Ninety-six Percent of Mainland Tourists Will Continue to Shop in Future Trips
But Trade Down in Amount Spend
HONG KONG, November 11, 2014 – The frequency of mainland tourists visiting Hong Kong has declined from 2.7 times to 2.2 times in average over the past 12 months, with a trend that shows they are spending less of their time and value on shopping, according to Nielsen. With the declining retail sales value in the first nine months as indicated by HKSAR, a thorough understanding about mainland tourists shopping behavior is crucial more than ever in view of recent challenging and competitive business landscape in Hong Kong.
Nielsen’s Mainland Tourist Study analyzed the shopping behavior and experience of different segments of Mainland Chinese visitors in Hong Kong and Macau and how it has evolved since 2010. Conducted from late August to early September 2014, the survey is based on online interviews of 1,131 mainland visitors from Tier 1 to Tier 3 cities, aged between 18 and 65, who had travelled to Hong Kong or Macau over the past 12 months. The report provides insights about mainland tourists’ purchase patterns and experiences in Hong Kong and Macau.
The Evolution of Mainland Tourists
According to Nielsen’s survey, the average actual spending among mainland tourists has reduced from HK$24,832 in 2013 to HK$21,914 in 2014, representing a 12% decline. There is also a decline in monthly personal or household incomes among those respondents compared to 2013. On the other hand, 95% of mainland tourists, including those from Guangdong region, preferred to stay over in Hong Kong versus day-trip, representing a 6-percentage-point increase compared to 2013.
“Despite the change in spending activity, shopping is still the core activity for most mainland tourists,” said Eva Leung, managing director of Nielsen Hong Kong and Macau. “Our survey found that 96% respondents claimed they will come for shopping on their next trip to Hong Kong, but spend an average of 10-20% less than the past. The decline is most notable among non-Guangdong Tier 1 consumers.”
What They Buy and How They Shop?
Jewelry and watches, cosmetics and personal care products are the Top three items mainland tourists said they purchased more when visiting Hong Kong. Among the four China regions, tourists coming from non-Guangdong Tier 1 cities (such as Beijing and Shanghai) are more mature by age with higher spending intentions for cosmetics (82% claimed a purchase), jewelry and watches (70%) and tobacco (35%).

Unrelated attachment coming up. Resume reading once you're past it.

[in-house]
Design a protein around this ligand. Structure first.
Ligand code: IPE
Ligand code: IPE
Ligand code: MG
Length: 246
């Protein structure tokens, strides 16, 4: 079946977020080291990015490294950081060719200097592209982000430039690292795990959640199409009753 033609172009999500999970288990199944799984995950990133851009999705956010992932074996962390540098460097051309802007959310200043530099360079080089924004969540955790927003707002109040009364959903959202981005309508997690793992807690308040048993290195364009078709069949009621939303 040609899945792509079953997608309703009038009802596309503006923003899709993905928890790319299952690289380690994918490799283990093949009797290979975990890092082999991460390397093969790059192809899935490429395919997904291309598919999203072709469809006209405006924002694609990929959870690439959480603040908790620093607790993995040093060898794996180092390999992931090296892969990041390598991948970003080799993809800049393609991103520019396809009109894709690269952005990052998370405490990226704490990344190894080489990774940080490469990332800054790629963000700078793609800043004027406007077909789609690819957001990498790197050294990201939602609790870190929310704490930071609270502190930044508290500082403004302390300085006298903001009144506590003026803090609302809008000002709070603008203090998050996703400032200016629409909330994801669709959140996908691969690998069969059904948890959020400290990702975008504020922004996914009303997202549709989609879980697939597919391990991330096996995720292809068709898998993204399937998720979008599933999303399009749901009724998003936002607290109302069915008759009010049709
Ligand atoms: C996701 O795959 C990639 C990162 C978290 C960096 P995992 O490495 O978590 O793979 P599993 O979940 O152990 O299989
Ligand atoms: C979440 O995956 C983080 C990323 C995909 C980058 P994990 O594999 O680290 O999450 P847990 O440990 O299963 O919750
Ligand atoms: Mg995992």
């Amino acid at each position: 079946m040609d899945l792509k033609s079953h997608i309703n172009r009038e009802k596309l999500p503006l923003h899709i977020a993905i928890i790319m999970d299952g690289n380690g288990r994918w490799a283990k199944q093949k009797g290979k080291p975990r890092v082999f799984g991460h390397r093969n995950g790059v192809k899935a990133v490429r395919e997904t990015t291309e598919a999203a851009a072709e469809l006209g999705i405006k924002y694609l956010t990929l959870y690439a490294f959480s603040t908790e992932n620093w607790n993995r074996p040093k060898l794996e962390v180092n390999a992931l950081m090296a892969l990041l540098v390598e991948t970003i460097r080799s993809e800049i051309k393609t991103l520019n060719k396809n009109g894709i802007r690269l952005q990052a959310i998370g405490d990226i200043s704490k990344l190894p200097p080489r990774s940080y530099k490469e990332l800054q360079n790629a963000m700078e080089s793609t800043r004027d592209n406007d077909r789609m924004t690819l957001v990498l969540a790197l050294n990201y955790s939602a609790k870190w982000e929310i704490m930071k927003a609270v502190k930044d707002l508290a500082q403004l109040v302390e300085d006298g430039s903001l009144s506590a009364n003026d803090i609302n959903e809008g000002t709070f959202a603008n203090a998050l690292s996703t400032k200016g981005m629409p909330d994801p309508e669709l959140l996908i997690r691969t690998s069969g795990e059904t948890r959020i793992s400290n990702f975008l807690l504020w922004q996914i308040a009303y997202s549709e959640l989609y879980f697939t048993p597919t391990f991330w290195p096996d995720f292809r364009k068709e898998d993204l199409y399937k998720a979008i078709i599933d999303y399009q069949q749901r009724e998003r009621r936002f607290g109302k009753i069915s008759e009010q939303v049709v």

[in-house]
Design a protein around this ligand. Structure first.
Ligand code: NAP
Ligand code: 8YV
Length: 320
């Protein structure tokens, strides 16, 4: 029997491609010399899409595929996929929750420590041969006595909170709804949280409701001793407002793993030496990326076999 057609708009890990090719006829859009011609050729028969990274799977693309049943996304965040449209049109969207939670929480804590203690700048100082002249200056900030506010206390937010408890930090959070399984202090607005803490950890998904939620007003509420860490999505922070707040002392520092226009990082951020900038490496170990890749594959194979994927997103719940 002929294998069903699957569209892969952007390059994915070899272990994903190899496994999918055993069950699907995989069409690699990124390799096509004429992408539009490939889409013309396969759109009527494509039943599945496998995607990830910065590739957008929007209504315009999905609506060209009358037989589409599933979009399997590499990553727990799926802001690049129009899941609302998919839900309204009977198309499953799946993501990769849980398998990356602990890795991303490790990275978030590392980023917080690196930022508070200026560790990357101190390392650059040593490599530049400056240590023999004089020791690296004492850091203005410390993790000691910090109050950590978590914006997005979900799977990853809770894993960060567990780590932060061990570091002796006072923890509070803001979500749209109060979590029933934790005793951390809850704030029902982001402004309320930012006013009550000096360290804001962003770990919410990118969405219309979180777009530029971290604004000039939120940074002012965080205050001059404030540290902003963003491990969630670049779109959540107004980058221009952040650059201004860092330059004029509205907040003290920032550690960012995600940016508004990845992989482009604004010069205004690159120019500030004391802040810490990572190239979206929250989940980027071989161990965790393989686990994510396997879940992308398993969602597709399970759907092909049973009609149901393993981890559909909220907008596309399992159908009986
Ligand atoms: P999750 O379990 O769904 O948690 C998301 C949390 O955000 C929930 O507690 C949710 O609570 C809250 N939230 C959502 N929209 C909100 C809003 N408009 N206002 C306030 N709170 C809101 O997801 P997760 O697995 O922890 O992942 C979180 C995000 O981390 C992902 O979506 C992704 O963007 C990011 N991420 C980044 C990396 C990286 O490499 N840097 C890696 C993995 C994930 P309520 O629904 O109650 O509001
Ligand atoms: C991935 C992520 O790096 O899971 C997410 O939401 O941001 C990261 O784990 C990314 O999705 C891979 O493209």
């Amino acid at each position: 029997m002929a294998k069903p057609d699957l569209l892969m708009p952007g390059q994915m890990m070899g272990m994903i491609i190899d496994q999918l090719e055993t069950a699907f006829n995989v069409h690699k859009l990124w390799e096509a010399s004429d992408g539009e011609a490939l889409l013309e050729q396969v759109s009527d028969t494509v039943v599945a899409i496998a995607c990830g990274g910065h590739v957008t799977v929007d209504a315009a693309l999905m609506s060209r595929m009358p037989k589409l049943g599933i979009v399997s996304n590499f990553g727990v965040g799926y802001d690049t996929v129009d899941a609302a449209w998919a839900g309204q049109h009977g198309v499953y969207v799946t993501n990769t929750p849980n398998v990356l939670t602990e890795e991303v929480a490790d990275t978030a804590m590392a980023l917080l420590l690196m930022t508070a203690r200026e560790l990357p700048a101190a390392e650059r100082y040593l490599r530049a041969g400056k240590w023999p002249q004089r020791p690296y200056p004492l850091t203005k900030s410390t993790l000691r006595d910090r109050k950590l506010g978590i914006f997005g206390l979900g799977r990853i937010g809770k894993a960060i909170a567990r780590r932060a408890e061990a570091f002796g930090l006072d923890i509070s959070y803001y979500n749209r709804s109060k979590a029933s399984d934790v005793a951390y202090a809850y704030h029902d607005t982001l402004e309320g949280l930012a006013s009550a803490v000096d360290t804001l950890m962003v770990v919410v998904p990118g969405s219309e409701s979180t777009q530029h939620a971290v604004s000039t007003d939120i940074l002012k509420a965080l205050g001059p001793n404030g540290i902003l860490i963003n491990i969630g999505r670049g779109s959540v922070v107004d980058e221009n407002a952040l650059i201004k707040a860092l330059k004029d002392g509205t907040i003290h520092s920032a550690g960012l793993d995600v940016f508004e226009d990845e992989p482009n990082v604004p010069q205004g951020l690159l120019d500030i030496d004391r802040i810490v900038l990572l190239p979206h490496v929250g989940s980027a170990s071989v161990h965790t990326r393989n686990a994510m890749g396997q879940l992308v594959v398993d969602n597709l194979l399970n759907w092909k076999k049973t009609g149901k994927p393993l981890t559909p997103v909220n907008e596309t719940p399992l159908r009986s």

According to the report, 59% of respondents claimed they are planned travelers when shopping in Hong Kong, a 8-percentage-point increase compared to last year. If consumers cannot find what they want, 39% of mainland tourists will switch to another shop, and 34% will switch to another brand. Retailers need to face the challenge of losing sales as a result of out-of-stock products. For those who plan their purchases in advance, recommendations from friends or relatives (58%) and information from Weibo or WeChat (41%) are heavily relied upon sources.
The Next Stop: Macau
Among mainland tourists who visited Hong Kong, 54% would leverage their Hong Kong trip and detour to Macau, an 8 percentage-point increase compared to 2013. Half of respondents said they travelled to Macau for sightseeing and 20% of them would spend on family resort or entertainment. Only 12% indicated they visited Macau to shop.
“As the needs of mainland tourists evolve, retailers need better end-to-end engagement with Chinese consumers on the path of success,” said Leung. “Chain retailers and brands are seeing more competition from small boutiques as mainland tourists are becoming more sophisticated shoppers. Attractive promotion campaigns at the right place and time, plus value-added services are crucial in capturing the attention of mainland tourists.”
While an online survey methodology allows for tremendous scale and global reach, it provides a perspective on the habits of existing Internet users, not total populations. In developing markets where online penetration is still growing, audiences may be younger and more affluent than the general population. In addition, survey responses are based on claimed behavior, rather than actual metered data.